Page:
The headline from Eric Morath’s Wall Street Journal article holds true for the country: “Share of U.S. Workers in Unions Falls to Lowest Level on Record.”
The share of American workers in unions fell to the lowest level on record in 2016, showing a return to the downward trend for organized labor after membership figures had stabilized in recent years. …
Only 10.7% of workers were union members last year, down from 11.1% in 2015, and from more than 20% in the early 1980s.
Unfortunately, the same does not hold in Rhode Island. In our state, the percentage of “wage and salary workers” (those who work for somebody else) who are union members went up from 14.2% in 2015 to 15.5% in 2016. Helping that percentage go up, to some degree, was the fact that the total number of workers actually dropped in Rhode Island over the year, from 483,000 to 481,000. However, the absolute number of union members also went up.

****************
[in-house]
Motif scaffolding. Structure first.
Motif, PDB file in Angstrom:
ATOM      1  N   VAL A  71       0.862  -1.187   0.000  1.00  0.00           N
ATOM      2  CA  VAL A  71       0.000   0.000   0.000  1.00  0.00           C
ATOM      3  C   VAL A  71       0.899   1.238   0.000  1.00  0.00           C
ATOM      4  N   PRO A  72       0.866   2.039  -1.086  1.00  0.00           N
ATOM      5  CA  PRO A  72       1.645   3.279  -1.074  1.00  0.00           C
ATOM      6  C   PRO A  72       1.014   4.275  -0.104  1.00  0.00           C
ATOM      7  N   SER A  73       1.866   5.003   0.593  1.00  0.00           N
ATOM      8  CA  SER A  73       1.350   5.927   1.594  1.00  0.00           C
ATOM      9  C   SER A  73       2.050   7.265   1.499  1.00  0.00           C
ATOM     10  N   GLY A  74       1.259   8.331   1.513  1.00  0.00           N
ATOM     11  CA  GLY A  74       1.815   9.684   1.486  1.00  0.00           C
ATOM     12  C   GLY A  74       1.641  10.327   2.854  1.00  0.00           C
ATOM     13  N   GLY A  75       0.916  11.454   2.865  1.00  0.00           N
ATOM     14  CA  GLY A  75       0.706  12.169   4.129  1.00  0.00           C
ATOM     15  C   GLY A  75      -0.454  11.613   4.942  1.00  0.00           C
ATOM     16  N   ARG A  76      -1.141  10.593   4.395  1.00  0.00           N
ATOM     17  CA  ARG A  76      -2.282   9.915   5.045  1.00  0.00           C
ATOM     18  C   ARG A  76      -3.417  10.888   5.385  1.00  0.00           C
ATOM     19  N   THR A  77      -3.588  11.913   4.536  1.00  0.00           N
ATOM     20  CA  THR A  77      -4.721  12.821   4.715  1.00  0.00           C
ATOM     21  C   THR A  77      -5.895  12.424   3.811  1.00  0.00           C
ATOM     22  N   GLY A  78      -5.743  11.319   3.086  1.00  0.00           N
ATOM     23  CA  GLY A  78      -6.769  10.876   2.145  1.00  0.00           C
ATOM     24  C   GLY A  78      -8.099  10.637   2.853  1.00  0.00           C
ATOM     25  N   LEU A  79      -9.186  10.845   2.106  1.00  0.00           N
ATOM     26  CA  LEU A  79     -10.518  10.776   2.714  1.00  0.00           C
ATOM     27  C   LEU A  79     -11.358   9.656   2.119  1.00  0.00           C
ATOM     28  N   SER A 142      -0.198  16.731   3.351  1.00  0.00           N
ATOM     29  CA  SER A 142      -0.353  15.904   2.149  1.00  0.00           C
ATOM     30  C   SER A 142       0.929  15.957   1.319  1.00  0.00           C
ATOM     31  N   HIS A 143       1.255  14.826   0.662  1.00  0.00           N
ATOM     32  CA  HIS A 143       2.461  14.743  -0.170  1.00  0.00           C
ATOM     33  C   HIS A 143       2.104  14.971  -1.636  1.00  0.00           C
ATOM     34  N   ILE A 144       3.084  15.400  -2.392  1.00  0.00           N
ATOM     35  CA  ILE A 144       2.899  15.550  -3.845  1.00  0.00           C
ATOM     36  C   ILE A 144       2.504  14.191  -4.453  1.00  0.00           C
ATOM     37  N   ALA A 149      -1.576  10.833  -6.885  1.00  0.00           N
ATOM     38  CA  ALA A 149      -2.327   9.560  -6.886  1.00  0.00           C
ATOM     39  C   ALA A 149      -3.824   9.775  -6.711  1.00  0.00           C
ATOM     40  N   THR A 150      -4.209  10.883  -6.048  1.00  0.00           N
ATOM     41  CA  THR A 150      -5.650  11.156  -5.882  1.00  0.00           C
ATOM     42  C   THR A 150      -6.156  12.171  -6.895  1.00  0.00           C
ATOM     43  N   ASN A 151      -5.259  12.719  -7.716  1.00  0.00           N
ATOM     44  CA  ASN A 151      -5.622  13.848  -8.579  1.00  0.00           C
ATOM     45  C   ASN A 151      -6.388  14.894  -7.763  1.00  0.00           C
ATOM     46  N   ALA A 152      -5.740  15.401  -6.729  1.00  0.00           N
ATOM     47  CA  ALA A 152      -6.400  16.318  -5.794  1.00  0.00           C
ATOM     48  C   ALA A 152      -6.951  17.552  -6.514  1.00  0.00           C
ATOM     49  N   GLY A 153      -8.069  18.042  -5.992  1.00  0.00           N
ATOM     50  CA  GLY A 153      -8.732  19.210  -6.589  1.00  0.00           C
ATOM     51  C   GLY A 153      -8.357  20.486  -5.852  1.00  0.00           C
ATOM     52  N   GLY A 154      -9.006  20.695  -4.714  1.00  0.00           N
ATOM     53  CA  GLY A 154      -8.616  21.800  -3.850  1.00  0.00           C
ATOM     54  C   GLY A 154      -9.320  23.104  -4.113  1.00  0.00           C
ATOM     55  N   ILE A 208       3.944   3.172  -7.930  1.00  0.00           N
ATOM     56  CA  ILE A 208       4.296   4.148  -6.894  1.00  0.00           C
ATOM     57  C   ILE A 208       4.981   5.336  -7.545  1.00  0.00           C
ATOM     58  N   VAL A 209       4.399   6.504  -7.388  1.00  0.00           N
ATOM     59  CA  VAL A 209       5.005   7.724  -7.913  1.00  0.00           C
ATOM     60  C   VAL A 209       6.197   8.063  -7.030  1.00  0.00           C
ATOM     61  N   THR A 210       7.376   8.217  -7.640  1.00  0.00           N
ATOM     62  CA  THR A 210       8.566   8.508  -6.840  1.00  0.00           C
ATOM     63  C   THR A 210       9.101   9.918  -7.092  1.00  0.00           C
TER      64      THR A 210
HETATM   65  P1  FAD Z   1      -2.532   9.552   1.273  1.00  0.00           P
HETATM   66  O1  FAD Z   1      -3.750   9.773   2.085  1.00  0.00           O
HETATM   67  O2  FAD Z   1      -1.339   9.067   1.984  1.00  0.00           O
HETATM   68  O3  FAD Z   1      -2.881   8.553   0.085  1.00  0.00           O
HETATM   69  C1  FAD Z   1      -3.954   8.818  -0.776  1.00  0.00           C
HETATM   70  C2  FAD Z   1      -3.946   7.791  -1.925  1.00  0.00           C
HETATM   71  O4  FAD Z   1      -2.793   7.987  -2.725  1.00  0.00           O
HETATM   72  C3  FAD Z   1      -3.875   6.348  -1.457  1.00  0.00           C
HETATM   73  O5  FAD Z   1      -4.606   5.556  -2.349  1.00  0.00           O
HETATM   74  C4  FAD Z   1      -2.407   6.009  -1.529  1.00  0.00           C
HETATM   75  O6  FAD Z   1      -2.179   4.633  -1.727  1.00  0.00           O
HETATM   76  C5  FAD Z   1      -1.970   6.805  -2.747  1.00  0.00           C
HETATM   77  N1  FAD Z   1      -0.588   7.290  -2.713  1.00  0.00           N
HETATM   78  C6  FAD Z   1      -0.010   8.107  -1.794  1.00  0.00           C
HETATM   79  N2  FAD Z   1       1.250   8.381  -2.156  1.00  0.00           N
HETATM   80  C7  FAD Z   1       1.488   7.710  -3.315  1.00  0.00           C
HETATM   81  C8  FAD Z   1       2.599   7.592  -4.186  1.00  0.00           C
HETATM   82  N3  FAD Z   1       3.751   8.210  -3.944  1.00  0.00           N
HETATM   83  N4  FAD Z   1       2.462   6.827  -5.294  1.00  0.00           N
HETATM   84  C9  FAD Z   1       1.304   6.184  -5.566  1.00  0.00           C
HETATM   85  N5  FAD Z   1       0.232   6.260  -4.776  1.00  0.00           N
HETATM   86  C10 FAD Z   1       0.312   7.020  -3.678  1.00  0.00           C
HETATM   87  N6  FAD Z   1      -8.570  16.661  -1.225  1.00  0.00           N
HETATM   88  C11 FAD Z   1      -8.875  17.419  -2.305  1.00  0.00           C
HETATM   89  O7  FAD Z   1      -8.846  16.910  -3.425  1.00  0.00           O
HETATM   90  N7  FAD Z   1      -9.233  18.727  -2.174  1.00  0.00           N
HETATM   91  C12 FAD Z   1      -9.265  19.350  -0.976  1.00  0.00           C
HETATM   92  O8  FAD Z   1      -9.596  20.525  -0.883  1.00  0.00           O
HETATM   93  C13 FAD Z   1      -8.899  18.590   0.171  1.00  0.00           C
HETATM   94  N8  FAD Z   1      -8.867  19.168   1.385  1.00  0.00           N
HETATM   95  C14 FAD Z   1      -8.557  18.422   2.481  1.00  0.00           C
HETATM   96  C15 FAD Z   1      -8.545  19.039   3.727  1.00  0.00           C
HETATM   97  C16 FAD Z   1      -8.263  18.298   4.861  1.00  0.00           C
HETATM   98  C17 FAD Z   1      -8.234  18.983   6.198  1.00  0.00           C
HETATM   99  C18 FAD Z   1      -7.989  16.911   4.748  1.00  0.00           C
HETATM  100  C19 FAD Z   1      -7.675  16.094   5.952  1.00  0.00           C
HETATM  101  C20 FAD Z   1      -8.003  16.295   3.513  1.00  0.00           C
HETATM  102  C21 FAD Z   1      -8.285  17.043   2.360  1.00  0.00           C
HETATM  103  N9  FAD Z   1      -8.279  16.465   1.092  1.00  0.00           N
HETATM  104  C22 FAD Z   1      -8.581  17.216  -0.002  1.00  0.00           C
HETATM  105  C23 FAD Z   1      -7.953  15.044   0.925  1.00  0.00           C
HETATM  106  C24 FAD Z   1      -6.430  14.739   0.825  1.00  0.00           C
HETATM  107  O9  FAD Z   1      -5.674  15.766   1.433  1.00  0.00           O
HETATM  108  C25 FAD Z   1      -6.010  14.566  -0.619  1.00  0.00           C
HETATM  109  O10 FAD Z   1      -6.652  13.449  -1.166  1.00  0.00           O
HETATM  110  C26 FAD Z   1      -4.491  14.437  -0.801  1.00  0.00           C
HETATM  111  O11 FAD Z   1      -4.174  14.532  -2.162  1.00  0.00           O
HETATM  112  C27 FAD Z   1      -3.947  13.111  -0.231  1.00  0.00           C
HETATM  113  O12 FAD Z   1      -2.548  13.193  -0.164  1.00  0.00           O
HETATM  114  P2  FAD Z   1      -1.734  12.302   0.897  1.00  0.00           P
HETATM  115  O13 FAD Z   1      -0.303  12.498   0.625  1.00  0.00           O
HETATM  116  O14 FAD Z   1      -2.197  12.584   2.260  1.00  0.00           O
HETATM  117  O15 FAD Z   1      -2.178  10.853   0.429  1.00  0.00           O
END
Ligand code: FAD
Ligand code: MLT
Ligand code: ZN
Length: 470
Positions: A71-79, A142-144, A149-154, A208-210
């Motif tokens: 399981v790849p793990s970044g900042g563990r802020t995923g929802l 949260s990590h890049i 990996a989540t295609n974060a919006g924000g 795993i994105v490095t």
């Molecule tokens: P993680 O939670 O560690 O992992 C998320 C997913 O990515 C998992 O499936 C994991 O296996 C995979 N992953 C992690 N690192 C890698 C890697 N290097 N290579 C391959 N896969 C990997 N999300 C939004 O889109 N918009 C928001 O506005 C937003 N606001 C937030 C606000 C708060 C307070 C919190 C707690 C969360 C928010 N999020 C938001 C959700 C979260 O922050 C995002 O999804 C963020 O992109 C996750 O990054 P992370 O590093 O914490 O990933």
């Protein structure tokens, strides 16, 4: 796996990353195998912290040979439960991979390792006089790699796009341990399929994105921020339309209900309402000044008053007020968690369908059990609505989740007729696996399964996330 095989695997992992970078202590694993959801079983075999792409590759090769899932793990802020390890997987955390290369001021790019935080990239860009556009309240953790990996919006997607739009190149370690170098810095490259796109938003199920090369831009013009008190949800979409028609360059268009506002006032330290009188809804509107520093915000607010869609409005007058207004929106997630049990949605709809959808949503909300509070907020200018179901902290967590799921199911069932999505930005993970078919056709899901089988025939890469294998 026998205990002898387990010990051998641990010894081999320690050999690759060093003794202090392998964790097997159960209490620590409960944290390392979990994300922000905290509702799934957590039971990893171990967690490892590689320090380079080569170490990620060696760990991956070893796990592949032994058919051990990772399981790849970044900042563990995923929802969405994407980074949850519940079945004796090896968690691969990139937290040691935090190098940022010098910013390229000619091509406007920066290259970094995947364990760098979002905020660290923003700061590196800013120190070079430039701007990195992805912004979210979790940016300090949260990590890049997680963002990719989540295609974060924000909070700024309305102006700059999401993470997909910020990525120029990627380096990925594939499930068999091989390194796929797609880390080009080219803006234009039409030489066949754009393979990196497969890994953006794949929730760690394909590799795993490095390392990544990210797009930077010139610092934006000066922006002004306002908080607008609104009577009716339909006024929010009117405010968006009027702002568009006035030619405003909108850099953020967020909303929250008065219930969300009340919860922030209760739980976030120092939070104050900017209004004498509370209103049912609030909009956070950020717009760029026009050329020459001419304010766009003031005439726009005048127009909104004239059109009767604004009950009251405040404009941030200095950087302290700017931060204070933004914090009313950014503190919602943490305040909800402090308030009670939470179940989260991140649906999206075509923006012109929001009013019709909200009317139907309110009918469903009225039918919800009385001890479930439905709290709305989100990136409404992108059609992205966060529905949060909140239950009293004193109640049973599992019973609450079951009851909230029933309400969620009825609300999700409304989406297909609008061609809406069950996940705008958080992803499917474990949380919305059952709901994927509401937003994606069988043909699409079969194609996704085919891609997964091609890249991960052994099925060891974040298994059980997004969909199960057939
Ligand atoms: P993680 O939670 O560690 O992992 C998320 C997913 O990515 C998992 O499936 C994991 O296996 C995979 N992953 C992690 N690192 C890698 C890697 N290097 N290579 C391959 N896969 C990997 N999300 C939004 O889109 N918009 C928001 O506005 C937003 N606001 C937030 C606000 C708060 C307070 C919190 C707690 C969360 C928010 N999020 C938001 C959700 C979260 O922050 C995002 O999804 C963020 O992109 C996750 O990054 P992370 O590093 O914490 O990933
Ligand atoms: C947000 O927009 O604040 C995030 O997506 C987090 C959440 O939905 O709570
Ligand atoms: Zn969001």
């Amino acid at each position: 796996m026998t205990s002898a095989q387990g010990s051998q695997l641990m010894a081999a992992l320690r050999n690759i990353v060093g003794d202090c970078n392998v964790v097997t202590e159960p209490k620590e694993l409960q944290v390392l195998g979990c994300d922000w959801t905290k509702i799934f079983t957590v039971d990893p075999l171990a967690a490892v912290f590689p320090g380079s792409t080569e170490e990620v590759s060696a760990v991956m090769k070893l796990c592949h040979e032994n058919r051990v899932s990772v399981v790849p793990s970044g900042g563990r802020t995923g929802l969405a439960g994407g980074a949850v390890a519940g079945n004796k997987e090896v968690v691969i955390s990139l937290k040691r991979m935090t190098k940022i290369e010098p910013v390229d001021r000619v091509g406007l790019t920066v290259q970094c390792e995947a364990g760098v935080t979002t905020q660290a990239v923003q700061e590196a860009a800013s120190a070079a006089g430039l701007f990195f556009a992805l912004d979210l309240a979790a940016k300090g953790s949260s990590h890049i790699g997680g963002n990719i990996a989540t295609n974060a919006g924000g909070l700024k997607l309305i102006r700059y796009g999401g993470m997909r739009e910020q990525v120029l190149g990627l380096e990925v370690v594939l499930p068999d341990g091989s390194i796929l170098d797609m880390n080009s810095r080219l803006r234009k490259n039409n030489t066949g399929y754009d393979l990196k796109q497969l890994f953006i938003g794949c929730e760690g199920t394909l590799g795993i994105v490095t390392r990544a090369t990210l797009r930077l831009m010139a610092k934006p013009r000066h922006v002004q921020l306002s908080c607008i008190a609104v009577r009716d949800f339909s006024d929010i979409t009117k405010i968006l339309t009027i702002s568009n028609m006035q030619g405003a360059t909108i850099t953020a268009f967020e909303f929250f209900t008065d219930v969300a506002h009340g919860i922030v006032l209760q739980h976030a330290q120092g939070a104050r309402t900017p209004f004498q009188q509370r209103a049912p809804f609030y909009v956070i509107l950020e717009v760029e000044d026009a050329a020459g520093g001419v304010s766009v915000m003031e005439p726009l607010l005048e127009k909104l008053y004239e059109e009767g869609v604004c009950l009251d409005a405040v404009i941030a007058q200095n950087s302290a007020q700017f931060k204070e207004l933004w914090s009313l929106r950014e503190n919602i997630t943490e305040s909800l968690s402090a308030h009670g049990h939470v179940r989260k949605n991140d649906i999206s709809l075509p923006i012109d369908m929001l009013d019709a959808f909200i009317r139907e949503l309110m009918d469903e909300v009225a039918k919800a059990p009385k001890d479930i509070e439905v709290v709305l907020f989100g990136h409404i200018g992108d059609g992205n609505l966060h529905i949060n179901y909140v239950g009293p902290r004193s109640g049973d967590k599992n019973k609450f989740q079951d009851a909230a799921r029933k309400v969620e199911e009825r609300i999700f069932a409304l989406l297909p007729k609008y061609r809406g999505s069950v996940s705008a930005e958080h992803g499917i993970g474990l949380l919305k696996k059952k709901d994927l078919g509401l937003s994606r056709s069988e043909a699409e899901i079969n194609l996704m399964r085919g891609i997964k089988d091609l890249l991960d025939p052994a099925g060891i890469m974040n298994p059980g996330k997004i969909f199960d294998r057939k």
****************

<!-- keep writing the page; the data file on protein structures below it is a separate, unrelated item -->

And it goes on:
A government stranglehold, both bolstering its employees and imposing restrictions on the private sector (often in favor of labor unions) is putting the state into a sort of death spiral as workers whose employment is either directly or indirectly subsidized by government hold on and those doing the subsidizing are finding themselves out of work… or out of the state.